Construction Audits: Is your company prepared?

Let’s face it: no one likes to hear the word “audit” in any context. Unfortunately, construction audits are a reality for many construction projects. Audits are most likely seen in projects that involve contracts with a cost-plus-fee, cost-plus-fee with a guaranteed maximum price or time and materials framework.

Because the cost to the owner is directly related to the cost of materials, the owner is more than likely going to want to see documentation of those costs to ensure they are getting a fair price. The owner may want to see financial records in a lump sum contract when there are change orders or a claim for liquidated damages; typically, however, you are not likely to face an audit for a lump sum contract. How do you prepare for something like this?
  1. Keep your records accurate. Depending on the contract, you may be expecting regular audits, or an audit may come as a surprise. Because of that, it’s important to keep your records up-to-date and accurate 100% of the time.
  2. Know and understand the contract. You may want to meet with an attorney to ensure you fully understand the contract. The contract itself may give the owner a right to audit the project even after it’s completed. If you are unsure, an attorney can help you negotiate audit clauses to ensure you are protected and you know how to prepare for potential audits. You will need to know things like what type of documentation you are required to keep, how long you have to retain those records and who has a right to see those records.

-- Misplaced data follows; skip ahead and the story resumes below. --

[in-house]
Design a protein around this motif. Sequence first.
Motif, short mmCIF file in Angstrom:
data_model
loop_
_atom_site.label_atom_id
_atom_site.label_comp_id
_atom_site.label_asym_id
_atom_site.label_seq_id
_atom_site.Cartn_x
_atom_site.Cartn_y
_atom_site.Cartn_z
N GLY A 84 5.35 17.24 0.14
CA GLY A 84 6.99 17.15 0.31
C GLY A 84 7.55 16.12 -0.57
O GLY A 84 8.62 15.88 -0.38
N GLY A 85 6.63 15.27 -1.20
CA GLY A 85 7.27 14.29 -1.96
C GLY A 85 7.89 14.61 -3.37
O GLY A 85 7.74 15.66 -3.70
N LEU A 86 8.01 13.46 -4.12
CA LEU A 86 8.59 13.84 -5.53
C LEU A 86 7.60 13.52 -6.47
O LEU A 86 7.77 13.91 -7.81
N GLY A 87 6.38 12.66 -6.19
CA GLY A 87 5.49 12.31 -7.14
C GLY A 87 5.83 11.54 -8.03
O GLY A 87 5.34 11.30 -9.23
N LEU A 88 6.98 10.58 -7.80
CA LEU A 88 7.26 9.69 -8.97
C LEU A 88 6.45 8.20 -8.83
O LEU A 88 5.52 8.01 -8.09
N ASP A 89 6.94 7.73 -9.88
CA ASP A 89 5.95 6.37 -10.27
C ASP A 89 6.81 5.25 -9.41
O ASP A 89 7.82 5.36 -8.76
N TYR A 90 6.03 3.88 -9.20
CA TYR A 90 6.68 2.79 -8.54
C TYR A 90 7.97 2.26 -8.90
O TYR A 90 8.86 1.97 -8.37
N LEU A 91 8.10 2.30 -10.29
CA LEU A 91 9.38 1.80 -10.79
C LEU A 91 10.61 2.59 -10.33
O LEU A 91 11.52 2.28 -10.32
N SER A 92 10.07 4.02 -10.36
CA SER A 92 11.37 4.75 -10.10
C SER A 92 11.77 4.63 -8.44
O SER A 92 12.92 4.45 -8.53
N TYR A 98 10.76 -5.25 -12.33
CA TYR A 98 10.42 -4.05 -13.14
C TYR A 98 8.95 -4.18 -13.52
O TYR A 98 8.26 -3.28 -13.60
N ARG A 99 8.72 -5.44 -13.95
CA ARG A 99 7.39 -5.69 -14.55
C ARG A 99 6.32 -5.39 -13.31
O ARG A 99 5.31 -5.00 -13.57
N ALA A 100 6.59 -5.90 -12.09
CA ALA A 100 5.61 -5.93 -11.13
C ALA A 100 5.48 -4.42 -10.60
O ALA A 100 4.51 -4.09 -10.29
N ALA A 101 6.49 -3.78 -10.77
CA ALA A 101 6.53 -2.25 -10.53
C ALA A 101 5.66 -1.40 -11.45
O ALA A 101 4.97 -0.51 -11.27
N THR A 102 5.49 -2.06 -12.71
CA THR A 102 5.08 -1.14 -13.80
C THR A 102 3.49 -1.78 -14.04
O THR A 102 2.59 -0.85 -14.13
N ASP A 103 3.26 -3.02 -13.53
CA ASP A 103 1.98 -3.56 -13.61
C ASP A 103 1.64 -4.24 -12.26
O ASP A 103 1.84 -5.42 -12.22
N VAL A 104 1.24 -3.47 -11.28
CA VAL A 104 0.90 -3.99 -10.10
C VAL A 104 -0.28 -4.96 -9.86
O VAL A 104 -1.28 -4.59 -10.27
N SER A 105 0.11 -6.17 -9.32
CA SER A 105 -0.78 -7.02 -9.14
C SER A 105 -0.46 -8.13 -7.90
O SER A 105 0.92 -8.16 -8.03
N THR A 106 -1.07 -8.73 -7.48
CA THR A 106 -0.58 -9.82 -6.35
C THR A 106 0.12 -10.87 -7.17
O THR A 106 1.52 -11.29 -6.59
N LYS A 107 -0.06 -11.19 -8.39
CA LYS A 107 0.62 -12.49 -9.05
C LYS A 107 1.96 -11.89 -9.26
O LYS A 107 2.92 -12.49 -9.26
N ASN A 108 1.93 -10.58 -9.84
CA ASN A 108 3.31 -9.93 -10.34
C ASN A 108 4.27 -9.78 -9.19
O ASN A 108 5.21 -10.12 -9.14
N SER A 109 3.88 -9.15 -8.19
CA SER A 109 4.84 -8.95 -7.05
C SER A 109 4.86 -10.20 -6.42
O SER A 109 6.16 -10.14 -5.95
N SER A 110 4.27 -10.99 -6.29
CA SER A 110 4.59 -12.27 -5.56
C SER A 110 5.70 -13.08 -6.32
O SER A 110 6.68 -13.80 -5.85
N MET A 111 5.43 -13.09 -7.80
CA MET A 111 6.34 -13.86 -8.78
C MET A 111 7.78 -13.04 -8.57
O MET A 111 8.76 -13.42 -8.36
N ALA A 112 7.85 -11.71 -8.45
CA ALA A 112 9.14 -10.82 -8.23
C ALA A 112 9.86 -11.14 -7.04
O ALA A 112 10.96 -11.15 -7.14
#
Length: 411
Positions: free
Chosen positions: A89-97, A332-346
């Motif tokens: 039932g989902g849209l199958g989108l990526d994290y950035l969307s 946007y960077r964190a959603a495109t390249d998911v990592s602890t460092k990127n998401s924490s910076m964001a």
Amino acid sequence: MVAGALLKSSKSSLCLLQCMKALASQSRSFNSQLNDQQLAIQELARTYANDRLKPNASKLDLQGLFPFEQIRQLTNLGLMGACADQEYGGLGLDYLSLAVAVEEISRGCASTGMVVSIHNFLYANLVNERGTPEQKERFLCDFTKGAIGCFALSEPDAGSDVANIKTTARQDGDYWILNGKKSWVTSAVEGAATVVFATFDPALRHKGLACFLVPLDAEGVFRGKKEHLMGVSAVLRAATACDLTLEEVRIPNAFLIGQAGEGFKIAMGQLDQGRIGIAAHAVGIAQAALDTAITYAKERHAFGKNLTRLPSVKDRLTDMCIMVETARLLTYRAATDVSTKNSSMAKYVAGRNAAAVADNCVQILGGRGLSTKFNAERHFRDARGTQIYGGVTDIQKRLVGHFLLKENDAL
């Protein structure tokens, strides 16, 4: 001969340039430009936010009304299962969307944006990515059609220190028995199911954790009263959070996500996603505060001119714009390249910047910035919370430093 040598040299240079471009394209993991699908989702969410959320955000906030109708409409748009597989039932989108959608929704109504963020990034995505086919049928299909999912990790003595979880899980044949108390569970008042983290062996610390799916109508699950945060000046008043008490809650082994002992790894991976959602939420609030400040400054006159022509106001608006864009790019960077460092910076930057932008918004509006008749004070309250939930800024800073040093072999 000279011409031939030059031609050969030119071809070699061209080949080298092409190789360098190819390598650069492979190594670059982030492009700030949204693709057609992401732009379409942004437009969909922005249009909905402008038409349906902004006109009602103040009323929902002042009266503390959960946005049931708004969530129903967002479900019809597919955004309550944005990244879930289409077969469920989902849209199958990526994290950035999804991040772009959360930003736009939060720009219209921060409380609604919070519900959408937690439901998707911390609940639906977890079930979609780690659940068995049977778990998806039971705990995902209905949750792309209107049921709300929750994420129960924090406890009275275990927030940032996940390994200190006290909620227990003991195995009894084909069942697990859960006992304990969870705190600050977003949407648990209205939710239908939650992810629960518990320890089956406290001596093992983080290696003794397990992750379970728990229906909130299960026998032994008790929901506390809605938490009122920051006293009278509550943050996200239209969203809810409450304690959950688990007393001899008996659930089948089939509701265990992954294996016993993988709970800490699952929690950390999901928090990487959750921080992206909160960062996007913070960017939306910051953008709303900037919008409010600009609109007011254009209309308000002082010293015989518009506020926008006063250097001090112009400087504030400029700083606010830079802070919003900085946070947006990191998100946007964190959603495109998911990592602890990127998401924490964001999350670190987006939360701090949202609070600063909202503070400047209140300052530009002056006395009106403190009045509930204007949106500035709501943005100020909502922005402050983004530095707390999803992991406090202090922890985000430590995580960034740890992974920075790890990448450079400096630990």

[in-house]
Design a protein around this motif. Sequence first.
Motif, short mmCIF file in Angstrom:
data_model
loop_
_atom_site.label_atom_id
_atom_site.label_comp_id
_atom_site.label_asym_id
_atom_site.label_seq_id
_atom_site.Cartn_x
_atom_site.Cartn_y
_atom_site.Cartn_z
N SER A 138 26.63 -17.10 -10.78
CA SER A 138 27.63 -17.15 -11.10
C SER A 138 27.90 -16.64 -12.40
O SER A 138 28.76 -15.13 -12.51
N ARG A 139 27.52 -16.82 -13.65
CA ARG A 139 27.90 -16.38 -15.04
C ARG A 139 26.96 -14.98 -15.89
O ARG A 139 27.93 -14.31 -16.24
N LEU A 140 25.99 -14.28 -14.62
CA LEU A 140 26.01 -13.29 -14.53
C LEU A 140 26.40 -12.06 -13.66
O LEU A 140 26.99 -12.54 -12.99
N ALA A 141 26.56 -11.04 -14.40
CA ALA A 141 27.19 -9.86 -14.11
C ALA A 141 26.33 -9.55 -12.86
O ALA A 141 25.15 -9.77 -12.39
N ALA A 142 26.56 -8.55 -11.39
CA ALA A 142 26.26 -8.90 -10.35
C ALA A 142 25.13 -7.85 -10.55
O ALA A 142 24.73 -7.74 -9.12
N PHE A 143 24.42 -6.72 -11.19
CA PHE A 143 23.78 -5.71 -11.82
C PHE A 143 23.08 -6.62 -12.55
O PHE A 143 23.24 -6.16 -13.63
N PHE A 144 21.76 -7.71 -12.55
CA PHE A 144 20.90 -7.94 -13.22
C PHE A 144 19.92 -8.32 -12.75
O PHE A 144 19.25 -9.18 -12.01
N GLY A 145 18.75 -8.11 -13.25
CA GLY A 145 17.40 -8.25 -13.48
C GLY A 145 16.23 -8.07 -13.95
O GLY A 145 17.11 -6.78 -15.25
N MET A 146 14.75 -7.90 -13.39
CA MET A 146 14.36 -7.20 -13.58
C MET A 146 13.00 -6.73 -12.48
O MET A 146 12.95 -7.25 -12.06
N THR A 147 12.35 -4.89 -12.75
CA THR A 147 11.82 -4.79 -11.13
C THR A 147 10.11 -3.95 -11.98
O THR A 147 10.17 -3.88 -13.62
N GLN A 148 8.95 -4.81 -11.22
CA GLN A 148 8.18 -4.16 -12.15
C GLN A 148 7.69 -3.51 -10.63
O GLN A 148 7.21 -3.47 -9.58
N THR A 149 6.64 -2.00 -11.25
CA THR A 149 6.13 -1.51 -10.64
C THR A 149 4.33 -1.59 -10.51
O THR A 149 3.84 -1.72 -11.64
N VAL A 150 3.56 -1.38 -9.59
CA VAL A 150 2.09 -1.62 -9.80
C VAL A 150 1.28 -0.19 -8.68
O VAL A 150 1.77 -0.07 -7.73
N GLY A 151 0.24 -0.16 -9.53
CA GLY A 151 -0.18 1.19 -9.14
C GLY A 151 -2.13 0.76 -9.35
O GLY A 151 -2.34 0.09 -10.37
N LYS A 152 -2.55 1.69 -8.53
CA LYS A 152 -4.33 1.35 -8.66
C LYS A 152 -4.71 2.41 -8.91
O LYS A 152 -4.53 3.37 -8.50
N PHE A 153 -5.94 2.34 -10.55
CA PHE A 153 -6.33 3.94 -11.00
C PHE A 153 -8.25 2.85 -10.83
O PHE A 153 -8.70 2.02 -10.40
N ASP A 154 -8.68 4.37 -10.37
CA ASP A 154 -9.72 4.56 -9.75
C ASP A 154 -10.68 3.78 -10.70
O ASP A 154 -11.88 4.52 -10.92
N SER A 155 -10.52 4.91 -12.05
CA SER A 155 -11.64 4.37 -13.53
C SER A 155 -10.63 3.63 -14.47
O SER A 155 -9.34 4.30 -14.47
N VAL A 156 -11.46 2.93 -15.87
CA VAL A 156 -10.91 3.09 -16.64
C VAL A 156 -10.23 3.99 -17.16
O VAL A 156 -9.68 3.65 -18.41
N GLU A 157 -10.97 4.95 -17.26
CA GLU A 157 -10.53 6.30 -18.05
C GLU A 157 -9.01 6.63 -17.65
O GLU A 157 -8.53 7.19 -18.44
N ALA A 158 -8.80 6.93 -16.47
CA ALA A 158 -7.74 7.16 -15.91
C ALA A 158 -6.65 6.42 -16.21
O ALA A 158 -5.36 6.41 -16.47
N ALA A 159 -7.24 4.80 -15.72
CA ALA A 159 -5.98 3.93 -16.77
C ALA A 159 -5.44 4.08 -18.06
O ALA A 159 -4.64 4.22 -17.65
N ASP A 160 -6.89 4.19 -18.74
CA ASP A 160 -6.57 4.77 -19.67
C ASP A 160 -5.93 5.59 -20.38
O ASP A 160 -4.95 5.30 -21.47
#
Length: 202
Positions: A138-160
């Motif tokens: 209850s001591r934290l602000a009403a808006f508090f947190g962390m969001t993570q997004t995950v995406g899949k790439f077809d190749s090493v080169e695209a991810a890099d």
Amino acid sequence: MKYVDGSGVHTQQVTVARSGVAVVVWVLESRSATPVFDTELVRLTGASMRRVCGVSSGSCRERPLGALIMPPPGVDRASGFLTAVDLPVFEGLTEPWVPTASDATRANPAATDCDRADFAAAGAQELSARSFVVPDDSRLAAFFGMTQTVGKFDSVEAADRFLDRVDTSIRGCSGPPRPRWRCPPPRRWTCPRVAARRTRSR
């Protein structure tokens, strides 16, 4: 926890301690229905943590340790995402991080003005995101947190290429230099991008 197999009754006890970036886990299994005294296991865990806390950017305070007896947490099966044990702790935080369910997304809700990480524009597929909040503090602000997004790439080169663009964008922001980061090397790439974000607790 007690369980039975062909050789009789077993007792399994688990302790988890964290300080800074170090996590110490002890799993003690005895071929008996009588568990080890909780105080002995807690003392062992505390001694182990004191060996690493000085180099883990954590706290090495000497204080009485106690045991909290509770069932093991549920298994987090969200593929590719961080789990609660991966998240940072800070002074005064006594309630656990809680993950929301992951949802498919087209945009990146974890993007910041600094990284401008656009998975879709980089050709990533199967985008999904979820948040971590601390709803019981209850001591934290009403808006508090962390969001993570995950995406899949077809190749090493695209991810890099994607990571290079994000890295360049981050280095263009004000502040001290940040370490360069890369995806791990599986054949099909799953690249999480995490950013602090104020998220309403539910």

3. Stay organized. Ensure you are retaining all subcontractor invoices with lien waivers, tracking the daily activity of subcontractors and any other documents that might be relevant to the project. You may need to adjust company policies and procedures to ensure that documents are retained and organized in a way that you can access them in response to an audit.
  4. Practice. It’s a good idea to do a practice run to ensure your company is prepared for an audit. This might include: tracking progress and ensuring that it matches the billings thus far, identifying signs of cost changes or shifts that may affect the profitability of the project and checking compliance with all contract provisions. Doing this before an audit will help you identify any problems and address them before the real thing.

If you are negotiating an audit clause in a contract or facing a request for an audit, contact us to ensure your rights are protected.

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